Disabled and vulnerable people should not be used as scapegoats. It makes me sick to my stomach that we are being punished simply for being too ill or disabled to work, no matter how much we might want to! Blame the people who are really at fault – the tax avoiders, the bankers and our governments for letting this happen.

I will spend everyday, for the rest of my life, fighting against this if I have to – but I shouldn’t have to. None of us should!

The Bedroom Tax will fall disproportionately upon sick and disabled people. Whilst there have been exemptions made for families with disabled children, those that need overnight carers, people with adult children serving in the forces who still need a room at home, and a few other things, disabled adults are still not exempt.

I am one of the lucky ones, because this particular punishment for being on benefits (that’s essentially what many of these policies are) will not impact on me. I am so thankful for that, because I do not think I could stand having to leave my home. I can only imagine what thousands of others like me are going through. They know they have to pay up or move out of a home they may have lived in, loved, and felt safe in for years.
Where do they go? There is a national shortage of social housing as a whole – not just the one and bedroom accommodation that many people will need to downsize. Homelessness is bound to rise as people cannot afford to stay (a claimant loses 14% of Housing Benefit for the first spare bedroom, and 25% for two or more extra bedrooms) but have nowhere to go.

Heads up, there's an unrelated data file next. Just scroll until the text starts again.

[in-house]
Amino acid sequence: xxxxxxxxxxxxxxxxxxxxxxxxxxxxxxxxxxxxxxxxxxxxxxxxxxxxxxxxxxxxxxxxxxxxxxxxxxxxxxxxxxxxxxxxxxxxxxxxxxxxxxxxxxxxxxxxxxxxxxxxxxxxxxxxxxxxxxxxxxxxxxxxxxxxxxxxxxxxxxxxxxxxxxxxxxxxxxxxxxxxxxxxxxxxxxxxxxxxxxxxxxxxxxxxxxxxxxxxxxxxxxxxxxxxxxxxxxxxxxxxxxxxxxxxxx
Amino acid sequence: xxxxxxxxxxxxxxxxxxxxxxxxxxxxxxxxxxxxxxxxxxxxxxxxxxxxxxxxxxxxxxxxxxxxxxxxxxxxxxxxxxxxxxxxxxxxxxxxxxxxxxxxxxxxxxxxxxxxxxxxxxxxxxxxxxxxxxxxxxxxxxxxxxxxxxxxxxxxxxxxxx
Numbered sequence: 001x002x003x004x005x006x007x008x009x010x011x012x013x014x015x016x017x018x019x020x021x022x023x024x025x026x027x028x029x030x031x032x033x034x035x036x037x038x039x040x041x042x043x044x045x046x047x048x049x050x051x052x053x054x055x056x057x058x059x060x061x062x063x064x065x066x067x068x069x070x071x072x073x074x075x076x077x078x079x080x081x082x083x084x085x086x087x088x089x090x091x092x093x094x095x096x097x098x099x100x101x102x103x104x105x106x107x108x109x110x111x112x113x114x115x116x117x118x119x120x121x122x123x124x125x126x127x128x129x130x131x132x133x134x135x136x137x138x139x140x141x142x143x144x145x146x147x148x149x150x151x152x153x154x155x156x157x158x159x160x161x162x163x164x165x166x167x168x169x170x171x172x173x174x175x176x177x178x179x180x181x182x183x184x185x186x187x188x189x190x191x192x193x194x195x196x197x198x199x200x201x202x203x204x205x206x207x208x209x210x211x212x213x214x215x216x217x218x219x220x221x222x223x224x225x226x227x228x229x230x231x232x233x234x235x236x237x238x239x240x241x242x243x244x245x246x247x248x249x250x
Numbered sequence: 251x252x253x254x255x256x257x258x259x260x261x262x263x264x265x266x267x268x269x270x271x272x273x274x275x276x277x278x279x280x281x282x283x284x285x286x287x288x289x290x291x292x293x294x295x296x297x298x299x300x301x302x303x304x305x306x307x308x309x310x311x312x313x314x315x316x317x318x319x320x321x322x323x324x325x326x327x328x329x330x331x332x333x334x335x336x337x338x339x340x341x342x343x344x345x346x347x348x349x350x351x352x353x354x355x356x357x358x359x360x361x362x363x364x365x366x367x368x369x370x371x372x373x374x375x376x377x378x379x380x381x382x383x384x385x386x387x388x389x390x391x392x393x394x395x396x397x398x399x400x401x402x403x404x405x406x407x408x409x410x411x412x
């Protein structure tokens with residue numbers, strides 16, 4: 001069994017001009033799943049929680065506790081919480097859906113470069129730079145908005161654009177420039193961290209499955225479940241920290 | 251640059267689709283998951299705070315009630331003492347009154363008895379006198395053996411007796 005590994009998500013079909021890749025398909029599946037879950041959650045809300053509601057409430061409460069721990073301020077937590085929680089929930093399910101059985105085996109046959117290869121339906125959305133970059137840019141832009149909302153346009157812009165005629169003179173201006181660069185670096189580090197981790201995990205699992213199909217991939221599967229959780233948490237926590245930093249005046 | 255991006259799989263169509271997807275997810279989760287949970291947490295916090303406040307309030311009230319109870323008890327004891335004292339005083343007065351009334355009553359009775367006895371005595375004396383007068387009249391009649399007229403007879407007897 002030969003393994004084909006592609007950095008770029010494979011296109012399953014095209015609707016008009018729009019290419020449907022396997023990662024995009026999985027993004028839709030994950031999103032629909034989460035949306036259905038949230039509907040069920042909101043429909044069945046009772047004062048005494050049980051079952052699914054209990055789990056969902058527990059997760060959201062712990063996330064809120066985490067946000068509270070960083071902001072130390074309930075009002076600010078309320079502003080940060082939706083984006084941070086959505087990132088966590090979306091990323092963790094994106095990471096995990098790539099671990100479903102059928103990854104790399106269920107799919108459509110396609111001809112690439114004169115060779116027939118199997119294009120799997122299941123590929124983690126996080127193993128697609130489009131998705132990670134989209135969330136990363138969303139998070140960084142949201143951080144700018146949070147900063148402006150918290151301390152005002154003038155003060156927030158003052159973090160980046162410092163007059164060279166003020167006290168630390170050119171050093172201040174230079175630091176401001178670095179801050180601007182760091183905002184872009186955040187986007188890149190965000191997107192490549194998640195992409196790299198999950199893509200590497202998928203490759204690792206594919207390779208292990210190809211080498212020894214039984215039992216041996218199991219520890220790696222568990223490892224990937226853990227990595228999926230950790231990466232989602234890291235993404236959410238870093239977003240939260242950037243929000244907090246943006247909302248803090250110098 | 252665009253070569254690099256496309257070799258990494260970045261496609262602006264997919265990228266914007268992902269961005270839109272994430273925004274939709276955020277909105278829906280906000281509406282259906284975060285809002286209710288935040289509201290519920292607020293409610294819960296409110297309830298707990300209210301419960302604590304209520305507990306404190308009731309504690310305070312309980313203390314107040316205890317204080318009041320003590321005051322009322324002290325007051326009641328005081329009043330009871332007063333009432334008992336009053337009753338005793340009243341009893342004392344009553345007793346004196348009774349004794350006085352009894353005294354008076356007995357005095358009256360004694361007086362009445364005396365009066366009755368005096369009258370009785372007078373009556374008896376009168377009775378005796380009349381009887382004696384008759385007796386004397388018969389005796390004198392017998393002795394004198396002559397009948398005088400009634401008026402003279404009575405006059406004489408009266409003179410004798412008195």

Each council will offer a ‘Discretionary Housing Payment’ to try and help those they consider to be the most in need. Personally I would like to know who will make that decision and how? It is important to realise that the pot of money allocated to help those hit by Bedroom Tax, is nowhere near the amount needed. People who need help will suffer even more than they already are. I also feel that these Discretionary Housing Payments have been severely under-publicised.

I’ll say it once again. It is not fair to make the weakest and most vulnerable in society pay for the mistakes and greed of the rich.

Stripping disabled people of our rights, independence and self respect is the coldest and most callous of things any government can do and I have to pinch myself sometimes to even believe that it’s happening in a so called compassionate, caring society.

I just wish it would stop. What this government has done to us is psychological torture. We are told we are worthless, scrounging, and lazy, day in and day out. On top of that the fear of the Work Compatibility Assessment is hanging over us like the sword of Damocles!

It is not fair for anyone to live like this, and I keep thinking ‘please, somebody stop them, before anybody else feels like they cannot carry on’ – but nobody does. I just want a chance to live as normal a life as I can. I’m not asking for much, just to keep what independence I have and to get my self respect back. Haven’t I been through enough already? Haven't all of us?! If I was face to face with you right now, I would ask you only one question – How would you feel if this was happening to you'?







#helenswriting